I call this meeting to order.
This is the 90th meeting of the Standing Committee on Finance. Pursuant to the order of reference of Wednesday, March 14, 2012, we are continuing our study of Bill .
Colleagues, we have eight individuals who will present to us during this two-hour session.
First of all, we have the Canadian LabourWatch Association. We have the Quebec Employers' Council. We have Leith Wheeler Investment Counsel Ltd. We have Merit Canada. We have the Montreal Economic Institute. We have the Multi-Employer Benefit Plan Council of Canada. We have the Office of the Privacy Commissioner of Canada. We have the United Brotherhood of Carpenters and Joiners of America.
Welcome to all of you. Thank you very much for being with us. As you can see, it's a very full panel today, so I would request that you respect the five-minute maximum time for your opening presentation, and at the end of the last presentation we'll have questions from members.
We will start with Mr. Mortimer.
I would like to present our submission's objectives.
First, we address incorrect statements made by labour leaders and critics of Bill . Our comprehensive submission provides other examples and factual evidence to correct the record.
Second, an existing section of the Income Tax Act addresses when union dues are not deductible. The only interpretations we could find underscore our position: a significant percentage of union dues levied by unions don't qualify for deduction.
Are Canadians forgoing $1 million, $100 million, or more in tax revenue?
The bill's specific, detailed line item schedules and its $5,000 threshold are critical to putting an end to what is going on. If the act was effectively enforced, unionized Canadians would pay less in dues and government tax expenditures would be reduced.
Two prominent union presidents, CAW's Ken Lewenza and CEP's Dave Coles, wrote: “Most jurisdictions in Canada require annual financial statements to be filed by all certified unions, where they can be inspected by the public.” This is not true.
Appendix C of our submission contains a one-page table of all 14 tax jurisdictions, based on laws outlined in appendix D. We've spoken with several labour board chairs to confirm that no labour board or any government body anywhere in Canada keeps such statements for public access.
Yes, eight jurisdictions enable actual union members only to ask for a financial statement for their union only. None of the eight entitles dues-paying non-members to any information at all about how their dues are used. These two groups of dues payers are a very distinct subset of who Bill serves, the Canadian public.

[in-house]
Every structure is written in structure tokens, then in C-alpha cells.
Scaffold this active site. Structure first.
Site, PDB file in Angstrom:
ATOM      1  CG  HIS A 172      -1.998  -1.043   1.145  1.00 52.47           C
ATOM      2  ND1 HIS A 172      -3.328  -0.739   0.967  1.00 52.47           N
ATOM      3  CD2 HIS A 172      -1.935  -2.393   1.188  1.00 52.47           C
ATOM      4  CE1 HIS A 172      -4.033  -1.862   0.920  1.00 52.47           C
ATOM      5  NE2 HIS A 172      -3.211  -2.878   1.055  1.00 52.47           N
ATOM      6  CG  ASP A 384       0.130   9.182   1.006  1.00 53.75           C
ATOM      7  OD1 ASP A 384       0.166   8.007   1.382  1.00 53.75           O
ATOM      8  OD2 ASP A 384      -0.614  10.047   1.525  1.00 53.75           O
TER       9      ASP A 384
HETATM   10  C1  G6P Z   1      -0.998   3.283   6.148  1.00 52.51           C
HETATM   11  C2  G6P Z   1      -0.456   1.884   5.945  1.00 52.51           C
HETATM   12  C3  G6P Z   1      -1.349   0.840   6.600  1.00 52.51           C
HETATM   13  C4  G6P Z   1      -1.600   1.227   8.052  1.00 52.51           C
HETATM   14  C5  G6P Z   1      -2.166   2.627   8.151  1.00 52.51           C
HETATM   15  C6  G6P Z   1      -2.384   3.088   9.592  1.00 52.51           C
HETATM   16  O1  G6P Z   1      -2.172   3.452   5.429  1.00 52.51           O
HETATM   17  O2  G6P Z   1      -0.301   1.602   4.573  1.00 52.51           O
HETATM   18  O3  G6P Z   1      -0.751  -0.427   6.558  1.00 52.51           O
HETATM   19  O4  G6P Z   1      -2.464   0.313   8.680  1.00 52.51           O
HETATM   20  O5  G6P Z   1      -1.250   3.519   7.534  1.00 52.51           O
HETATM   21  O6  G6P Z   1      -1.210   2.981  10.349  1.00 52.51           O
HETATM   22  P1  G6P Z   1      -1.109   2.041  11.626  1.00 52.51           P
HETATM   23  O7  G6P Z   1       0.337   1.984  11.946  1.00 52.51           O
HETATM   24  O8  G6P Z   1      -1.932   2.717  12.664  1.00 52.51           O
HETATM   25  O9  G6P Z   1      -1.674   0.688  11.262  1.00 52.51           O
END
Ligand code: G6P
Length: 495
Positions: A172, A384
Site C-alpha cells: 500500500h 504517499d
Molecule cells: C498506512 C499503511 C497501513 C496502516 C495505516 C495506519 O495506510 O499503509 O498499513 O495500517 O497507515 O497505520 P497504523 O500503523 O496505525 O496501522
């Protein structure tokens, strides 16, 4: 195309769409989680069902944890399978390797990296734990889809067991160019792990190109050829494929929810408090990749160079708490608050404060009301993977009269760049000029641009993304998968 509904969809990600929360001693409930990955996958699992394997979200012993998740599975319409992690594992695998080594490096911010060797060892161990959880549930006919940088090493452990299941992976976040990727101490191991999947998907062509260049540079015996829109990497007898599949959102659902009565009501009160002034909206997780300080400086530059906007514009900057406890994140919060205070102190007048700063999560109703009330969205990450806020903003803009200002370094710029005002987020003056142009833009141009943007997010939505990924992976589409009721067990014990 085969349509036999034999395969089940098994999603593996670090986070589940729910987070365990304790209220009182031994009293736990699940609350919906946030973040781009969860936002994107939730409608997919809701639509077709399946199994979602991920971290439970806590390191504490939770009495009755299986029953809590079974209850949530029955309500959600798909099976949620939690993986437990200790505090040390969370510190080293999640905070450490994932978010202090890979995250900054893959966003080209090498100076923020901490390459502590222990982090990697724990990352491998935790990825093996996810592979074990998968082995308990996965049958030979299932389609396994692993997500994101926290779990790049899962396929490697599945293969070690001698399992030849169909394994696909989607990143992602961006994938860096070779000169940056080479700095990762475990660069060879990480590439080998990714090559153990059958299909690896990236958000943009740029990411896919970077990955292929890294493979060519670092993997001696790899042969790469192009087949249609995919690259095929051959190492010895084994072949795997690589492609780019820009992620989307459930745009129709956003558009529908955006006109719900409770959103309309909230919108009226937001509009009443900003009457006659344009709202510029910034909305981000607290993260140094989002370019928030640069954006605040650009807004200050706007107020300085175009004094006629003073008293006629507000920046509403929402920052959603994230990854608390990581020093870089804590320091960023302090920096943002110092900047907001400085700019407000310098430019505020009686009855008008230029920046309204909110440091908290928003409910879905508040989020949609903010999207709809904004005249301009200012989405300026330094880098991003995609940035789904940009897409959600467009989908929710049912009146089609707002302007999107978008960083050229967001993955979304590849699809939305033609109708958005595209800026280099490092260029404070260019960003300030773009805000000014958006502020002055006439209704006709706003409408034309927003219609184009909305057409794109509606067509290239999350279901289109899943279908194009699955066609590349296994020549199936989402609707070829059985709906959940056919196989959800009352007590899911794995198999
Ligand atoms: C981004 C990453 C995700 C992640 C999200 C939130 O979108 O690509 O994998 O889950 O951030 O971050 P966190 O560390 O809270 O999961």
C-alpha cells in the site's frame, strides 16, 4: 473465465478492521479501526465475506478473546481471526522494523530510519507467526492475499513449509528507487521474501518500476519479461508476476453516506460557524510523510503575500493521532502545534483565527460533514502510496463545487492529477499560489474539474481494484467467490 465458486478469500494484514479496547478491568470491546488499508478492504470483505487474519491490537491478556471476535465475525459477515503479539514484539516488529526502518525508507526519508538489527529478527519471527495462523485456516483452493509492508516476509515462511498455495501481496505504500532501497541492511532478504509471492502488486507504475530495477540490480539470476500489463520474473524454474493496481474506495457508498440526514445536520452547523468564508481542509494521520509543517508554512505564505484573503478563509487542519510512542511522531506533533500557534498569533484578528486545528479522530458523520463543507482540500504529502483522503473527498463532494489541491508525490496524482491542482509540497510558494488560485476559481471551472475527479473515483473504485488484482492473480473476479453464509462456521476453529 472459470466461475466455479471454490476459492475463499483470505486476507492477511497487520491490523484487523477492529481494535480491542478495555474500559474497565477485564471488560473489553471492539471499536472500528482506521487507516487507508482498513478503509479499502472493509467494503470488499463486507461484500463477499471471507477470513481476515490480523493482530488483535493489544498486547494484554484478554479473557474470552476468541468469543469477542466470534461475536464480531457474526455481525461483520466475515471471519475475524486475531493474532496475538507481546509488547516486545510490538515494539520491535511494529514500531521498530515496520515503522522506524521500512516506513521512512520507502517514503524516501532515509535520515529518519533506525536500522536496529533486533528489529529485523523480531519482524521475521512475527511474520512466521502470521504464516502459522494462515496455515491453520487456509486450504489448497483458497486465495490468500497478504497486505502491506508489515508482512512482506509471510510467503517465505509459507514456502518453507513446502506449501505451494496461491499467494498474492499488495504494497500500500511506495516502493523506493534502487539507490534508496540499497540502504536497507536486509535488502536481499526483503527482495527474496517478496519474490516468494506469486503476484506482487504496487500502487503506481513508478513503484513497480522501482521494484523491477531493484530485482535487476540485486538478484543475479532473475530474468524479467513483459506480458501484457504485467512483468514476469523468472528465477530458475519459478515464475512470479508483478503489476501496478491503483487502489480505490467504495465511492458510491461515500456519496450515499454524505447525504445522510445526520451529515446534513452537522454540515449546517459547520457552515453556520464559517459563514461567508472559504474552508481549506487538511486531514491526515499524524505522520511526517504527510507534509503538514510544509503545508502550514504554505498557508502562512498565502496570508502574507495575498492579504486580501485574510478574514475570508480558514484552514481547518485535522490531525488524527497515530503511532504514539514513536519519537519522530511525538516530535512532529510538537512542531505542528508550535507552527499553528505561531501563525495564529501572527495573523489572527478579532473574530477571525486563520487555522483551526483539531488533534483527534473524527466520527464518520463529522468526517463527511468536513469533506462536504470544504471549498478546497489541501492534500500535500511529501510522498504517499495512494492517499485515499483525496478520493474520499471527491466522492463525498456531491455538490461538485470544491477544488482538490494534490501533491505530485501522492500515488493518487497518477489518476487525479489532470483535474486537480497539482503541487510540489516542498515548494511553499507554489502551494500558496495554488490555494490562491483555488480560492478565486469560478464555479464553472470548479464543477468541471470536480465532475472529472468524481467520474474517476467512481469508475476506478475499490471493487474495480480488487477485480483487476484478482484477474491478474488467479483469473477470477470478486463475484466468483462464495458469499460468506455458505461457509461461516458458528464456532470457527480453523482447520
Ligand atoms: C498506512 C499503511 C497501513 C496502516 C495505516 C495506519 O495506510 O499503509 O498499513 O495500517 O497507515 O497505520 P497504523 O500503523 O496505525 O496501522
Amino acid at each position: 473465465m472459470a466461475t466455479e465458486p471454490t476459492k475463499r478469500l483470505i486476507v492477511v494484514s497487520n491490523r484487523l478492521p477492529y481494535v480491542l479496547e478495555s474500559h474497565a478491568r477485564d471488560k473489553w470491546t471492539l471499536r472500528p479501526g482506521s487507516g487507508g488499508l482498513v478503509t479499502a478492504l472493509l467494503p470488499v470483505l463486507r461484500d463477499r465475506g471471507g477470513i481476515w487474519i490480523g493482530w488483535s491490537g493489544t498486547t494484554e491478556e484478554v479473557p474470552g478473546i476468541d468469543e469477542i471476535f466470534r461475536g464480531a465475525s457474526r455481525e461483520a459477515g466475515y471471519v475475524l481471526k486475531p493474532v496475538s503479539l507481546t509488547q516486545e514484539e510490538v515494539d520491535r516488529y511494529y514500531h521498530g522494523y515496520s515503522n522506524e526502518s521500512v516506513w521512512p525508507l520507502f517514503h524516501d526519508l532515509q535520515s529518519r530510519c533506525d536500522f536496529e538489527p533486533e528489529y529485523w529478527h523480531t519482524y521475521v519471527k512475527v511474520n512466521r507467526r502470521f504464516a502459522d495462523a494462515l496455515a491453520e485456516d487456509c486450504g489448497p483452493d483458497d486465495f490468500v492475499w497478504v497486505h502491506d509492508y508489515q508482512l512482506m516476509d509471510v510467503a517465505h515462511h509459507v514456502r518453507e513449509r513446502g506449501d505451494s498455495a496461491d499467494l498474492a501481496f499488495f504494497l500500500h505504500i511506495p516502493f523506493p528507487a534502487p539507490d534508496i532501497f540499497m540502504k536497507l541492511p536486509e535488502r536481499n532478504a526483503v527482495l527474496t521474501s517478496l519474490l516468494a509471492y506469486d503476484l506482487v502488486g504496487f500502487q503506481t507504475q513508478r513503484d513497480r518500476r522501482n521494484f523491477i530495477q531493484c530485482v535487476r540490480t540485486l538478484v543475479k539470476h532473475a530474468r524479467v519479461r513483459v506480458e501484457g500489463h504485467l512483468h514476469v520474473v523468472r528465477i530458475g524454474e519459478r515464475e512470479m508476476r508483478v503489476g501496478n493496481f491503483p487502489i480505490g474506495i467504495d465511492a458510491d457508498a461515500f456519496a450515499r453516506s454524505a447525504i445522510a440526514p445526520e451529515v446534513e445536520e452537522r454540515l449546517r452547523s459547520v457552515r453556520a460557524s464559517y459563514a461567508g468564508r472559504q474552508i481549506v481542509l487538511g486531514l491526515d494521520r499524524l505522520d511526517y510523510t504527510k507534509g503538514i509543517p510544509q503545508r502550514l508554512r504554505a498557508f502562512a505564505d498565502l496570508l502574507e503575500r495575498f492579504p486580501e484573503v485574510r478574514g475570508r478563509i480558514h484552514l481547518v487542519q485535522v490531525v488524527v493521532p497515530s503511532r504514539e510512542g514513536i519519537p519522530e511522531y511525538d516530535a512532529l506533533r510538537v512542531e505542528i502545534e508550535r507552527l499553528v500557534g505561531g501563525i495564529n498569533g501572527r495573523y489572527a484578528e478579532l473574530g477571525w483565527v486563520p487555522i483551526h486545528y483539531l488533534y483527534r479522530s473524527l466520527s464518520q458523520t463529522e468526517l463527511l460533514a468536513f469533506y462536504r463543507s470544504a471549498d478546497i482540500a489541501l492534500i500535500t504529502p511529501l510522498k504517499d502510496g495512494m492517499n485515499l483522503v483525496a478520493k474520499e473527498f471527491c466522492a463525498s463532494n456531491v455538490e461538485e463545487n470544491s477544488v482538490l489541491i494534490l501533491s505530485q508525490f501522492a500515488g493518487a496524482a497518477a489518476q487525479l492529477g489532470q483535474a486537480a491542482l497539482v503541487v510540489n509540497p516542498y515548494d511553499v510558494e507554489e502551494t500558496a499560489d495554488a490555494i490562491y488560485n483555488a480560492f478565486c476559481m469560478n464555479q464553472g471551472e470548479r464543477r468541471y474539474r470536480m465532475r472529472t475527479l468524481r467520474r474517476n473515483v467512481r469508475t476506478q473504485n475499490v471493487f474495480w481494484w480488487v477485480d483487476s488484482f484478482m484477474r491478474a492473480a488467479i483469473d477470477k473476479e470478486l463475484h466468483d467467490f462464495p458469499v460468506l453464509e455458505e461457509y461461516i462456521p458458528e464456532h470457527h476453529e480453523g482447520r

Appendix A contains one gutsy union member's experience at CUPE local meetings and national conventions. He publicly contradicts the internal transparency claims of labour leaders. Appendix D contains accurate facts about the British Columbia cases discussed here last month. Mr. Georgetti's responses to Ms. Glover's questions were simply not accurate. Whether or not members have disclosure is a red herring when it comes to enabling Canadians to assess the full extent of the lack of efficacy of the current tax situation.
This is not the only example. Others include grossly inflated claims about potential compliance costs that are contradicted by actual U.S. experience, unsupportable statements about Canadian privacy law, weak attempts to equate unions with professional associations, and false claims that no U.S. labour trusts must report; some must still report, even after President Obama used executive powers to help some trusts in the United States hide their activities again.
We encourage every member of the finance committee to carefully review our submission and question virtually everything labour leaders and critics are stating when amending this bill.
Regarding the non-deductibility of dues, paragraph 8(5)(c) of the Income Tax Act at its core says that dues are not deductible to the extent levied “for any purpose not directly related to the ordinary operating expenses” of the union.
Our submission quotes from the only CRA documents we could find. They demonstrate that the Income Tax Act has been carefully constructed and consistently interpreted. Even the very limited knowledge we have today about the broad range of expenses for which union dues are levied suggests that hundreds of millions in union dues are deducted and tax revenues forgone when they should not be.
With regard to the public policy problem, no one appears to have the information with which to ensure this section of the act can be properly applied. If unionized Canadians even know this, it is not in their interests to bring to the surface labour organization expenses that do not meet the act's requirements, because their taxes might go up if their union does not stop spending forced dues on non-qualifying purposes.
Similarly, tax-exempt labour organizations that levy dues for non-qualifying purposes have no interest in advising government or the people they represent of non-qualifying dues. Something has to be done to ensure that union dues for deductible versus non-deductible purposes become a part of labour organization accounting and separated out of the T4 slips of Canadians who must pay dues or be fired.
Paragraph 8(5)(c) is entirely consistent with the Rand formula. Supreme Court Justice Rand's 1946 arbitration award has a core finding: all unionized employees, whether or not they are actual union members,
||...should be required to shoulder their portion of the burden of expense for administering the law of their employment, the union contract.
What is going on today with billions of dollars in dues deducted annually is inconsistent with the act and inconsistent with Justice Rand.
Finally, the union corruption experiences of countries such as America and Germany have led to disclosure schemes that have returned massive amounts of money and led to a cleanup of unions.
All Canadians, including unionized Canadians, deserve better than the status quo.